Because it doesn’t own the inventory and operates with fixed fees, Prime Vehicle Traders must do two things really well: convince car owners to bring their vehicles to Prime Vehicle Traders and move the cars off the lots as quickly as possible. And that requires employees who have a “good bit of intellectual horsepower,” says co-founder Burgess, the company’s chief operating officer. “We’ve got this unique model. We’re trying to change an industry and change the way people approach this thing. We’ve got to evangelize this concept in markets that have never heard of us.”

Steven says he and his partners quickly discovered after opening their first store that Prime Vehicle Traders was really a professional services business. “What we realized is we’re kind of an HR organization. We don’t manufacture anything. We don’t assemble anything,” he says. “So the most critical part of growing our business is ensuring that we can attract, retain and maintain the quality of our people.”

During a time of expansion, that can be critically difficult. Perhaps the biggest challenge confronting CarMax during its go-go expansion years in the early 2000s wasn’t capital, competition or the fluctuating market – nationally, used car sales are incredibly consistent, averaging about 40 million cars annually over the last decade – but the company’s ability to hire and train new managers. CarMax, today with 141 stores and more than $12 billion in annual revenue, sells more than half a million cars a year, running them through a sophisticated database and information system that tracks every purchase, mining data for each market to determine which cars – down to the model’s color and mileage – have the best chance of selling on its lots.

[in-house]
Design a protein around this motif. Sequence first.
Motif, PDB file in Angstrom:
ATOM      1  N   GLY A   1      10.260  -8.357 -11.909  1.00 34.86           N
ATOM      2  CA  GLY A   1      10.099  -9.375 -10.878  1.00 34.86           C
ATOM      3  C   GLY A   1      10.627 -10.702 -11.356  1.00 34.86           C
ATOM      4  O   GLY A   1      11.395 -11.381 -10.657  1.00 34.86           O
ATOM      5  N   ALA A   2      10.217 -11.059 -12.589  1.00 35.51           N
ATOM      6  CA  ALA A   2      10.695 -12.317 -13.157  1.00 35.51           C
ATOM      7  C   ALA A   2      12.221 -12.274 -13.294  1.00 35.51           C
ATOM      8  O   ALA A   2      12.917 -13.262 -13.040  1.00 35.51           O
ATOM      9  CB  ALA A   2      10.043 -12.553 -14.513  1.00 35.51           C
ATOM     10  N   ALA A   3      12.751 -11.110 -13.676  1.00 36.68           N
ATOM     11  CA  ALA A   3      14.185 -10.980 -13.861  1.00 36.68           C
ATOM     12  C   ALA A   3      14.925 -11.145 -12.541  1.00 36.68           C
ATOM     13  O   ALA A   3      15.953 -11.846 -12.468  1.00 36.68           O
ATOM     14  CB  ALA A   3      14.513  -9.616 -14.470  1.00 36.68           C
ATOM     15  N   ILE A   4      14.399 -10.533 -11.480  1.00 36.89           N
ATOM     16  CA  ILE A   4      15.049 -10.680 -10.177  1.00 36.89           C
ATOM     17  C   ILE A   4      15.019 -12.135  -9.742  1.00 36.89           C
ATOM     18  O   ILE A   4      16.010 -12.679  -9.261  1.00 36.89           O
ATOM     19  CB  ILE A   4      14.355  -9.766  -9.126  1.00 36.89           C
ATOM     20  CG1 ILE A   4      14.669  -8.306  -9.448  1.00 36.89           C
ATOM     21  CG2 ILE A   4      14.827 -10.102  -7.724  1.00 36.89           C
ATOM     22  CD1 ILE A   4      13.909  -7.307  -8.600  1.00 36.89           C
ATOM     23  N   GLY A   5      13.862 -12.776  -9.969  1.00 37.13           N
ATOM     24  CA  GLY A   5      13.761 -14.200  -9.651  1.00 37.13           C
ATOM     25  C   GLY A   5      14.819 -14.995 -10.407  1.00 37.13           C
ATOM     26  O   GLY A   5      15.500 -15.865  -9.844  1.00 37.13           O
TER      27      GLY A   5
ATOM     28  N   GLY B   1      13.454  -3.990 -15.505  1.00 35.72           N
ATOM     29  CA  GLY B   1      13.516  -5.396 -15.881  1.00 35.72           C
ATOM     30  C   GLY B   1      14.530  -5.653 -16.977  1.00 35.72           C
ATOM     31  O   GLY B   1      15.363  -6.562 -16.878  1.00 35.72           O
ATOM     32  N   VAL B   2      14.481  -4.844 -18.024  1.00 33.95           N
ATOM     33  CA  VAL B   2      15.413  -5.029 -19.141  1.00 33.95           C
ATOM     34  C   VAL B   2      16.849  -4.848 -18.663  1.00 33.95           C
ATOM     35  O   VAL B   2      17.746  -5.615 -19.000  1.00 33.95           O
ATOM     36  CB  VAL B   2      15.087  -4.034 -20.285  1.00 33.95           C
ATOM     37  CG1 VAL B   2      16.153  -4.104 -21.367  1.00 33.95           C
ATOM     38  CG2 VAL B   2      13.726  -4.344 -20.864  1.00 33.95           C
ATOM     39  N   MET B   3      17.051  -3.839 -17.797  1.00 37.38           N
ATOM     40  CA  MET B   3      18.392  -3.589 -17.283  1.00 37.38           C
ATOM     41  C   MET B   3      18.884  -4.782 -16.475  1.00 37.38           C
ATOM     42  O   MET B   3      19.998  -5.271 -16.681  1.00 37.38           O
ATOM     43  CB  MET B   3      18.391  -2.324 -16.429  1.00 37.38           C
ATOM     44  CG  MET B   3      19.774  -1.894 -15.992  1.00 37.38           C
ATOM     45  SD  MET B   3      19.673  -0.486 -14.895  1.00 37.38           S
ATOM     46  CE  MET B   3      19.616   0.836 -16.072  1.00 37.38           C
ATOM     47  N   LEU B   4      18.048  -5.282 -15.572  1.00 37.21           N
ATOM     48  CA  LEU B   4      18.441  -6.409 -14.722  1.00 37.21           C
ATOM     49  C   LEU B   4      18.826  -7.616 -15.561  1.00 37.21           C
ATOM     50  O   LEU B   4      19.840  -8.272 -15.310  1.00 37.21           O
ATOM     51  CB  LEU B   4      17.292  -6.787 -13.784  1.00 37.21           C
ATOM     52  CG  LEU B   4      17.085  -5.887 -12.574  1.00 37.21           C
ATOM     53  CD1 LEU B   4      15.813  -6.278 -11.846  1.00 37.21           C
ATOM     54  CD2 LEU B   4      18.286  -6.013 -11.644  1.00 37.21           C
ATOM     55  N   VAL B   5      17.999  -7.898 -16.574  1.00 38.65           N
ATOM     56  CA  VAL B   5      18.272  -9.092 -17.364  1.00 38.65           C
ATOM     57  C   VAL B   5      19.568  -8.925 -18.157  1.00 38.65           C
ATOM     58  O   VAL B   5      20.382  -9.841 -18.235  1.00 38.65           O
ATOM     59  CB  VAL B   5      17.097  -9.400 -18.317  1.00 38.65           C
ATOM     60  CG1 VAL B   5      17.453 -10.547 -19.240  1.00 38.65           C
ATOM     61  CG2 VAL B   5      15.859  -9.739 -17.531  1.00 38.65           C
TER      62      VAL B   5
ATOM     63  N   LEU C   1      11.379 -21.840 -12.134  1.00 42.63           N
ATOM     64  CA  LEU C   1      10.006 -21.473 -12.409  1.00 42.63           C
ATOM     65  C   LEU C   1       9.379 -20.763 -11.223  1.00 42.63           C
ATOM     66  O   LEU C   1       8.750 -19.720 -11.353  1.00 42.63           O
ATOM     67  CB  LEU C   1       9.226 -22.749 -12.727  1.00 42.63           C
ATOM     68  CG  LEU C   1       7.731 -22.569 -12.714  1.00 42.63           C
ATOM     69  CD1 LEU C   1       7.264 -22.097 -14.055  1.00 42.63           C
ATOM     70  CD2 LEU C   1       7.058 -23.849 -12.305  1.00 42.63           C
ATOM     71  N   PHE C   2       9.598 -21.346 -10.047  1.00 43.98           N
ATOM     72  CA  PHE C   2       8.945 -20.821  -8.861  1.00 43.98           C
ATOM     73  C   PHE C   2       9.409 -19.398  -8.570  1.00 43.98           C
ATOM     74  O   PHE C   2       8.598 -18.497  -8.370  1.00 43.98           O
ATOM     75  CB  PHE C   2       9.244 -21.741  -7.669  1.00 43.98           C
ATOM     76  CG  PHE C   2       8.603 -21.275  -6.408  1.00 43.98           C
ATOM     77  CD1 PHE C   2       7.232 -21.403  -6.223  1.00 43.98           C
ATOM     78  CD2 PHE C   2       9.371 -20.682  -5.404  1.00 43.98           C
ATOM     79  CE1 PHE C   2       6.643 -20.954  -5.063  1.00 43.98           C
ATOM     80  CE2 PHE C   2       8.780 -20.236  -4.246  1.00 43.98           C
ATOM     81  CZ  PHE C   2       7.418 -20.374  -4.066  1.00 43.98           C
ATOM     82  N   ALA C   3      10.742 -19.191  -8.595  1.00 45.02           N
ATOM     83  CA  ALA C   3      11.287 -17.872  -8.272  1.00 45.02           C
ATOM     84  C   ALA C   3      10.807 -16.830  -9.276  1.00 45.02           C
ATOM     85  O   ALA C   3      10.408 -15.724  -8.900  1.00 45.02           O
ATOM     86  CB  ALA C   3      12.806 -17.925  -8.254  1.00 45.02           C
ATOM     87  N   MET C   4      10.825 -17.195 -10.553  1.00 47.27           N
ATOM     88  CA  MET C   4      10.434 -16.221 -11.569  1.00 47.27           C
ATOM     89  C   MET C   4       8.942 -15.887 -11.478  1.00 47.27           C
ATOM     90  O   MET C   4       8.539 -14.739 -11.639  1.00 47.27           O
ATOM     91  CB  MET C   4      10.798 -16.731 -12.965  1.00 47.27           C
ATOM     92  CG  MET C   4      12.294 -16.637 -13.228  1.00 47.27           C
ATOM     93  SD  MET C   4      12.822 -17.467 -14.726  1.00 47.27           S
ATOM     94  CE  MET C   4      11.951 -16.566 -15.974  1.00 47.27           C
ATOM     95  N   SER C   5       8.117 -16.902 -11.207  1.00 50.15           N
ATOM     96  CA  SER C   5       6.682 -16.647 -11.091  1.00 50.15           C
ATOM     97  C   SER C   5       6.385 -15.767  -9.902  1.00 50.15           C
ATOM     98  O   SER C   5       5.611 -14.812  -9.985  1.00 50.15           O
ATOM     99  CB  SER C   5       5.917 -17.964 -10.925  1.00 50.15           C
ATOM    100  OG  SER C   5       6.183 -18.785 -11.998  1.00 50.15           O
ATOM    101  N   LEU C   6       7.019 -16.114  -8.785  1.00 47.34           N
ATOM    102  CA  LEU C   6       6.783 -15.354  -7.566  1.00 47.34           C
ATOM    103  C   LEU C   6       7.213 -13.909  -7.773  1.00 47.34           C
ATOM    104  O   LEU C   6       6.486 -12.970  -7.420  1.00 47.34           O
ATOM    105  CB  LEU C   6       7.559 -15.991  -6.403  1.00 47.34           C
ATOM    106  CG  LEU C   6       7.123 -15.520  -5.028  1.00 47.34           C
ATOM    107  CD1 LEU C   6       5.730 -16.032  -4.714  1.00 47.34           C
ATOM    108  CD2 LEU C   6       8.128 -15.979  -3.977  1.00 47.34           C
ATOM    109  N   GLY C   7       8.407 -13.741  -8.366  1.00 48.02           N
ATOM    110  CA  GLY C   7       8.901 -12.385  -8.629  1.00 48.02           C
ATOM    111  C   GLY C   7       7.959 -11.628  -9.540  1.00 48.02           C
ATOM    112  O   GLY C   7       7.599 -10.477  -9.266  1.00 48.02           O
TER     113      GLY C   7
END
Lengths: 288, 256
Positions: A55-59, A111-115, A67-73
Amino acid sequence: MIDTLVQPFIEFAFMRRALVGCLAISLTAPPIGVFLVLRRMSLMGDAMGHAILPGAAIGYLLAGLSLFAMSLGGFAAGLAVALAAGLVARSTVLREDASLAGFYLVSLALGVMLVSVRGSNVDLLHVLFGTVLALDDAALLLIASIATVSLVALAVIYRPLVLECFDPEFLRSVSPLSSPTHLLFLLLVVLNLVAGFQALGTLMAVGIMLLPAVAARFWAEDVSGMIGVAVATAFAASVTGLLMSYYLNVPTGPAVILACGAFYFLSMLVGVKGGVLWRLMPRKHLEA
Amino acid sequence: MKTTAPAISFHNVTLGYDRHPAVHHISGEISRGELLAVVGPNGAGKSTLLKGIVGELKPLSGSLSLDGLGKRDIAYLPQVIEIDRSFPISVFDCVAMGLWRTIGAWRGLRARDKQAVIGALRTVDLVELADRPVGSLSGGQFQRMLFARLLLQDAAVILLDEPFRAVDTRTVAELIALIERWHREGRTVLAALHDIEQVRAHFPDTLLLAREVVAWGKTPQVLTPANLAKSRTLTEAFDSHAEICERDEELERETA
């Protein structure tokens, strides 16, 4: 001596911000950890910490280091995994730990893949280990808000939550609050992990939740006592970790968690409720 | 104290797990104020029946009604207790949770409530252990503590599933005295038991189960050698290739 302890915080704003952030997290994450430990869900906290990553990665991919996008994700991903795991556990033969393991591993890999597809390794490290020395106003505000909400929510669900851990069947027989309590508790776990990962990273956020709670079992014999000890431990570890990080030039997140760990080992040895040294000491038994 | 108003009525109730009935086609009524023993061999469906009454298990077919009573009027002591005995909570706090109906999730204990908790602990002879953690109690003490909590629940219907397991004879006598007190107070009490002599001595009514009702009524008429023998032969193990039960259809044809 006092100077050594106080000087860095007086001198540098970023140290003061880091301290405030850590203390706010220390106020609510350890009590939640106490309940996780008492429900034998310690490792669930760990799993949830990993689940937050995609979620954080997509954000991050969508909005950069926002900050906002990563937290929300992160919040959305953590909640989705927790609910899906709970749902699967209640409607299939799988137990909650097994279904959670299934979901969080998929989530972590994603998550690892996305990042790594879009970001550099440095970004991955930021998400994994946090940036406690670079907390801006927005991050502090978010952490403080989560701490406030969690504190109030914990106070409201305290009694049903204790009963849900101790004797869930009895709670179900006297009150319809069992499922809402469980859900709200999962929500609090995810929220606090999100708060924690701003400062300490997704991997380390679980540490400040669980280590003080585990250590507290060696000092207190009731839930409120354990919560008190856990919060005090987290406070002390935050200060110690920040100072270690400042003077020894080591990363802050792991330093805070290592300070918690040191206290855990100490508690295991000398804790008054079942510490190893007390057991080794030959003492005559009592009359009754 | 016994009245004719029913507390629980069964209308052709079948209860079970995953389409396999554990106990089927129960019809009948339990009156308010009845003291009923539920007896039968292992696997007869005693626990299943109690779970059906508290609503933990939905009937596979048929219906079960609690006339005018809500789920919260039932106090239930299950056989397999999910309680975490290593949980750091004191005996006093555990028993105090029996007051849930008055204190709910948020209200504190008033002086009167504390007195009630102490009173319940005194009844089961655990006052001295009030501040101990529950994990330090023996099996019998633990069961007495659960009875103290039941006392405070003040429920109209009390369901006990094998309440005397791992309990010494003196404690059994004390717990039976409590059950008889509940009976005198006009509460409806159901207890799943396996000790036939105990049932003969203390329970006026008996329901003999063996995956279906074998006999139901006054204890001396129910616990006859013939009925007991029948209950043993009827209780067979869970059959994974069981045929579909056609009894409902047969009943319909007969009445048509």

At Prime Vehicle Traders, the situation is similar, albeit on a much smaller scale. Steven and his partners realized they needed to develop potential hires that they could plug in quickly and that fit well with the unique culture and had the “intellectual horsepower” to manage the complex marketing and sales approach.

Hence the bench.

“If every time there was a job opening we had to start the [interview] process from scratch, we would probably hire some of the first people we met versus the right people,” Steven explains. “The bench is just a component of the overall culture building. We are constantly interviewing people.” Even when the company doesn’t have openings, it’s working on stocking the bench. Ultimately, the goal is to have a dozen or so potential hires waiting in the wings in each new market, Steven says.

Stockpiling talent during periods of expansion isn’t a new concept, says Frank Bosco, assistant professor of human resources at the Virginia Commonwealth University School of Business. But typically it’s limited to larger corporations that are hiring and developing talent from within. Developing talent outside the company walls is unusual, he says.